Coogan’s Bluff, The Home Of The Polo Grounds And The New York Giants 1893

Coogan’s Bluff is a promontory near the western shore of the Harlem River in the Washington Heights of Upper Manhattan.

Its boundaries extend approximately from 155th Street and the Macombs Dam Bridge viaduct to 160th Street, between Edgecombe Avenue and the river.

A deep escarpment descends 175 feet from Edgecombe Avenue to the river, creating a sheltered area between the bluff and river known as Coogan’s Hollow.

For 73 years, the hollow was home to the Polo Grounds sports stadium.


For the best picks, get HWM's must read newsletter!

Namesake

The promontory is named for James J. Coogan (1845–1915), a real estate developer and one-term Manhattan Borough President, who owned the land during the late 19th and early 20th centuries.

The earliest known published reference to “Coogan’s Bluff” appeared in The New York Times in 1893.

Polo Grounds

From 1890 until 1963, the bluff overlooked the Polo Grounds, a professional sports venue that served as the home field for Major League Baseball’s New York Giants from 1891 until the franchise’s move to San Francisco at the end of the 1957 season.

Sportswriters commonly used Coogan’s Bluff as a sobriquet for the Polo Grounds—as Chavez Ravine now refers to Dodger Stadium and China Basin to Oracle Park—although the ballpark was actually situated in Coogan’s Hollow, the bottomland between the bluff and the river.

The Bushman Steps, located just west of Coogan’s Bluff in Sugar Hill/Hamilton Heights, led from the 155th Street subway station to the Polo Grounds ticket booths; the John T. Brush Stairway, on West 157th Street between St Nicholas Avenue and Edgecombe Avenue, then carried fans the rest of the way down to the stadium.

The two stairways are the only intact structures that remain from the Polo Grounds era.

The Brush Stairway was named in honor of the owner of the Giants franchise from 1890 until his death in 1912. The identity of the Bushman Steps’ namesake has apparently been lost.

Housing complex

The 15.15-acre hollow, bordered by Frederick Douglass Boulevard, West 155th Street and Harlem River Drive, is currently home to the Polo Grounds Towers housing complex: four 30-story buildings containing a total of 1,616 apartments.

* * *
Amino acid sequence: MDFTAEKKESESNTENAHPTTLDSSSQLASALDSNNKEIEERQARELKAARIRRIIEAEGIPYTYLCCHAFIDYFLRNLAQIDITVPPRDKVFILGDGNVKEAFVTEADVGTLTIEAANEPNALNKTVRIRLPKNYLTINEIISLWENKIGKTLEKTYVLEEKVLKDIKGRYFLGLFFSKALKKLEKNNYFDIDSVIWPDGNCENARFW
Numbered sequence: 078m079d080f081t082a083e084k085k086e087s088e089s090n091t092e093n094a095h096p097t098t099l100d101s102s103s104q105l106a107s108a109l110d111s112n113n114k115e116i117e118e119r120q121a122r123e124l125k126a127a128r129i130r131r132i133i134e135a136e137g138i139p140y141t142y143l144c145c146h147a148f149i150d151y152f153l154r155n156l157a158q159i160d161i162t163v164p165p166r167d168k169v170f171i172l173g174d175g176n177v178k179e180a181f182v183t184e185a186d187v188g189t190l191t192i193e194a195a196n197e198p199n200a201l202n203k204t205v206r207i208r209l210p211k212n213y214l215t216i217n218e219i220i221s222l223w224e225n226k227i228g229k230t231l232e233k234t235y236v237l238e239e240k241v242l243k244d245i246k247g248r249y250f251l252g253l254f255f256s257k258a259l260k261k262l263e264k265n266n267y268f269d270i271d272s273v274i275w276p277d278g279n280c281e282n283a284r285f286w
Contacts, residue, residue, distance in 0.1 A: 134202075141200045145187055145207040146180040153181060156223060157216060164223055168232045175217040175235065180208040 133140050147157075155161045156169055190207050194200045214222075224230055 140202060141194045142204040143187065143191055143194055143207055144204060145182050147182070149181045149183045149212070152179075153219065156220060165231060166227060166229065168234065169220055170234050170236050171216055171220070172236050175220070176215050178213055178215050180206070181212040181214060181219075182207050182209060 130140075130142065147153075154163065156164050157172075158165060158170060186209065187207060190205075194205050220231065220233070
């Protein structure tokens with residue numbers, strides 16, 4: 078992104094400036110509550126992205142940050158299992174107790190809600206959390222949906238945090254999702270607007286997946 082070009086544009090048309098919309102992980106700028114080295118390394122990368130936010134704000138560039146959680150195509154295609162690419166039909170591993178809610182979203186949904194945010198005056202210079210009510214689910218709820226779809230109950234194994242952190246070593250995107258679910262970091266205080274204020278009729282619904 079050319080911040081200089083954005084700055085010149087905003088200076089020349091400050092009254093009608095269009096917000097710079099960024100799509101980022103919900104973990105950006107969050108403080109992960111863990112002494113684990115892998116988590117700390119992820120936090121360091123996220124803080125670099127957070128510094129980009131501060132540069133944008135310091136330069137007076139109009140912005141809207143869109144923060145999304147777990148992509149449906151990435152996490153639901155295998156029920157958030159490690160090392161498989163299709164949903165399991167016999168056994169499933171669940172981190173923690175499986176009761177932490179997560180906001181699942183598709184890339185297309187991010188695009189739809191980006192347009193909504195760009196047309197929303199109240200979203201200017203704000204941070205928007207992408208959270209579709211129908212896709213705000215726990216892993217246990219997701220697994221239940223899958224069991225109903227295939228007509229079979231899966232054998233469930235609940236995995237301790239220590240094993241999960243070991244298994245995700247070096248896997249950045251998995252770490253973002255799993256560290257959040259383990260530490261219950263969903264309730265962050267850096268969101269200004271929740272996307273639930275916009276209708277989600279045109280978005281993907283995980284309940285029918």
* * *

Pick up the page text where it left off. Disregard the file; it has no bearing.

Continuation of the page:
The complex was completed on June 30, 1968, and is run by the New York City Housing Authority. Attached to Tower #2 is the Polo Grounds Community Center, run by Children’s Village, which hosts such programs as the Polo Grounds Youth Conference.

A plaque on the property marks the approximate location of the home plate within the demolished ballpark.

Transportation

Coogan’s Bluff can be reached via the New York City Subway’s 155th Street station, on the IND Concourse Line (B and ​D trains).

City bus routes Bx6, Bx6 SBS, M2 and M10 service the area as well.

Nearby points of interest

The Morris-Jumel Mansion, the oldest house in Manhattan still standing (built-in 1765 and now a museum) is located nearby, in Washington Heights.

Immediately across the Harlem River, in the Bronx, is Yankee Stadium, home of Major League Baseball’s New York Yankees.

Photo credit: 1) On Coogan’s Bluff during Merkle’s Boner game at the Polo Grounds, September 23, 1908. 2) The John T. Brush Stairway from Edgecombe Avenue, at Highbridge Park. 3) The John T. Brush Presented By The New York Giants Stairway at Highbridge Park.

About Harlem World Magazine

Harlem World Magazine is about living your best life and style around the block and around the world of Harlem.

Leave a Reply

Support Harlem World MagazineToday!